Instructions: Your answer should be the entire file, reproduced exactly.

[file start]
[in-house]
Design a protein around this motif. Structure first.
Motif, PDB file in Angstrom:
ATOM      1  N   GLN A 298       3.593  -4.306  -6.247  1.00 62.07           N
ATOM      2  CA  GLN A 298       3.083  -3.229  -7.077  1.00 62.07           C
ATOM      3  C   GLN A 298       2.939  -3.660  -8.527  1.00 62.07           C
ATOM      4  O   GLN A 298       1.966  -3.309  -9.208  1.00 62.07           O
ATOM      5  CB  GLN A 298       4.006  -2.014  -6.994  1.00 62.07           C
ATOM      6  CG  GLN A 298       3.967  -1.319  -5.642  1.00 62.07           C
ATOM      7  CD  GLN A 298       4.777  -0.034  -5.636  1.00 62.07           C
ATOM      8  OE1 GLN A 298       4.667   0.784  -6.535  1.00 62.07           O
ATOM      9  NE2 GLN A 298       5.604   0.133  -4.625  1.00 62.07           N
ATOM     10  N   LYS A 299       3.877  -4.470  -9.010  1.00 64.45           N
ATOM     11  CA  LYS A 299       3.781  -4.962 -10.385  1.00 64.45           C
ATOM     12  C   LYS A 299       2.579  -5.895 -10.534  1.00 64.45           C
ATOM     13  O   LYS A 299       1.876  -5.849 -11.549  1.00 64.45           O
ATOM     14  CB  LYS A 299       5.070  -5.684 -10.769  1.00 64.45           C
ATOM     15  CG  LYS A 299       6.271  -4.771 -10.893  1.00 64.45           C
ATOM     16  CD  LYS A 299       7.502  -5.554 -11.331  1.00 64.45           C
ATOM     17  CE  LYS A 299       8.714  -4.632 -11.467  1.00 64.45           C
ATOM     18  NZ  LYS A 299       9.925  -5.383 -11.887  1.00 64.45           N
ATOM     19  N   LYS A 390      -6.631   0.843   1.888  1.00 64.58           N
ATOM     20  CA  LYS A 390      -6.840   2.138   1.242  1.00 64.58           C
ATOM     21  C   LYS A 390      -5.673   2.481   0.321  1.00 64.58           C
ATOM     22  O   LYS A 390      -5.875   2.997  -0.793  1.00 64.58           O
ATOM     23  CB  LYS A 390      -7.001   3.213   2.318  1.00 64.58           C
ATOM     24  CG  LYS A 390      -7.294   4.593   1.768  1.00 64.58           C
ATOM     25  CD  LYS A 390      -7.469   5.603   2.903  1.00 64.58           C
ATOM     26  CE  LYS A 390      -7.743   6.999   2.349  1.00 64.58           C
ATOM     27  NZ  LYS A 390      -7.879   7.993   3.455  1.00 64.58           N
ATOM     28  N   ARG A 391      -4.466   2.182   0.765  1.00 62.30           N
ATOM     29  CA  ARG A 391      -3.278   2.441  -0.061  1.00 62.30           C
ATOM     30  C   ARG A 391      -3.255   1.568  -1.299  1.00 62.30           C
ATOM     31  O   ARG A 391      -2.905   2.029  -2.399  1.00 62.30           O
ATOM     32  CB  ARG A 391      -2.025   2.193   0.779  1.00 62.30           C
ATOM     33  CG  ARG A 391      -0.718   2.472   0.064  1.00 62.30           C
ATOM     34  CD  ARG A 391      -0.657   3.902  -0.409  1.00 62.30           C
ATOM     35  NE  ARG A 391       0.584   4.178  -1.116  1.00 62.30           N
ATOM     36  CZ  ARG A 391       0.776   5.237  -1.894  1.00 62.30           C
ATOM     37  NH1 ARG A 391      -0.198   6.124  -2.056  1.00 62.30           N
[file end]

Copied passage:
[in-house]
Design a protein around this motif. Structure first.
Motif, PDB file in Angstrom:
ATOM      1  N   GLN A 298       3.593  -4.306  -6.247  1.00 62.07           N
ATOM      2  CA  GLN A 298       3.083  -3.229  -7.077  1.00 62.07           C
ATOM      3  C   GLN A 298       2.939  -3.660  -8.527  1.00 62.07           C
ATOM      4  O   GLN A 298       1.966  -3.309  -9.208  1.00 62.07           O
ATOM      5  CB  GLN A 298       4.006  -2.014  -6.994  1.00 62.07           C
ATOM      6  CG  GLN A 298       3.967  -1.319  -5.642  1.00 62.07           C
ATOM      7  CD  GLN A 298       4.777  -0.034  -5.636  1.00 62.07           C
ATOM      8  OE1 GLN A 298       4.667   0.784  -6.535  1.00 62.07           O
ATOM      9  NE2 GLN A 298       5.604   0.133  -4.625  1.00 62.07           N
ATOM     10  N   LYS A 299       3.877  -4.470  -9.010  1.00 64.45           N
ATOM     11  CA  LYS A 299       3.781  -4.962 -10.385  1.00 64.45           C
ATOM     12  C   LYS A 299       2.579  -5.895 -10.534  1.00 64.45           C
ATOM     13  O   LYS A 299       1.876  -5.849 -11.549  1.00 64.45           O
ATOM     14  CB  LYS A 299       5.070  -5.684 -10.769  1.00 64.45           C
ATOM     15  CG  LYS A 299       6.271  -4.771 -10.893  1.00 64.45           C
ATOM     16  CD  LYS A 299       7.502  -5.554 -11.331  1.00 64.45           C
ATOM     17  CE  LYS A 299       8.714  -4.632 -11.467  1.00 64.45           C
ATOM     18  NZ  LYS A 299       9.925  -5.383 -11.887  1.00 64.45           N
ATOM     19  N   LYS A 390      -6.631   0.843   1.888  1.00 64.58           N
ATOM     20  CA  LYS A 390      -6.840   2.138   1.242  1.00 64.58           C
ATOM     21  C   LYS A 390      -5.673   2.481   0.321  1.00 64.58           C
ATOM     22  O   LYS A 390      -5.875   2.997  -0.793  1.00 64.58           O
ATOM     23  CB  LYS A 390      -7.001   3.213   2.318  1.00 64.58           C
ATOM     24  CG  LYS A 390      -7.294   4.593   1.768  1.00 64.58           C
ATOM     25  CD  LYS A 390      -7.469   5.603   2.903  1.00 64.58           C
ATOM     26  CE  LYS A 390      -7.743   6.999   2.349  1.00 64.58           C
ATOM     27  NZ  LYS A 390      -7.879   7.993   3.455  1.00 64.58           N
ATOM     28  N   ARG A 391      -4.466   2.182   0.765  1.00 62.30           N
ATOM     29  CA  ARG A 391      -3.278   2.441  -0.061  1.00 62.30           C
ATOM     30  C   ARG A 391      -3.255   1.568  -1.299  1.00 62.30           C
ATOM     31  O   ARG A 391      -2.905   2.029  -2.399  1.00 62.30           O
ATOM     32  CB  ARG A 391      -2.025   2.193   0.779  1.00 62.30           C
ATOM     33  CG  ARG A 391      -0.718   2.472   0.064  1.00 62.30           C
ATOM     34  CD  ARG A 391      -0.657   3.902  -0.409  1.00 62.30           C
ATOM     35  NE  ARG A 391       0.584   4.178  -1.116  1.00 62.30           N
ATOM     36  CZ  ARG A 391       0.776   5.237  -1.894  1.00 62.30           C
ATOM     37  NH1 ARG A 391      -0.198   6.124  -2.056  1.00 62.30           N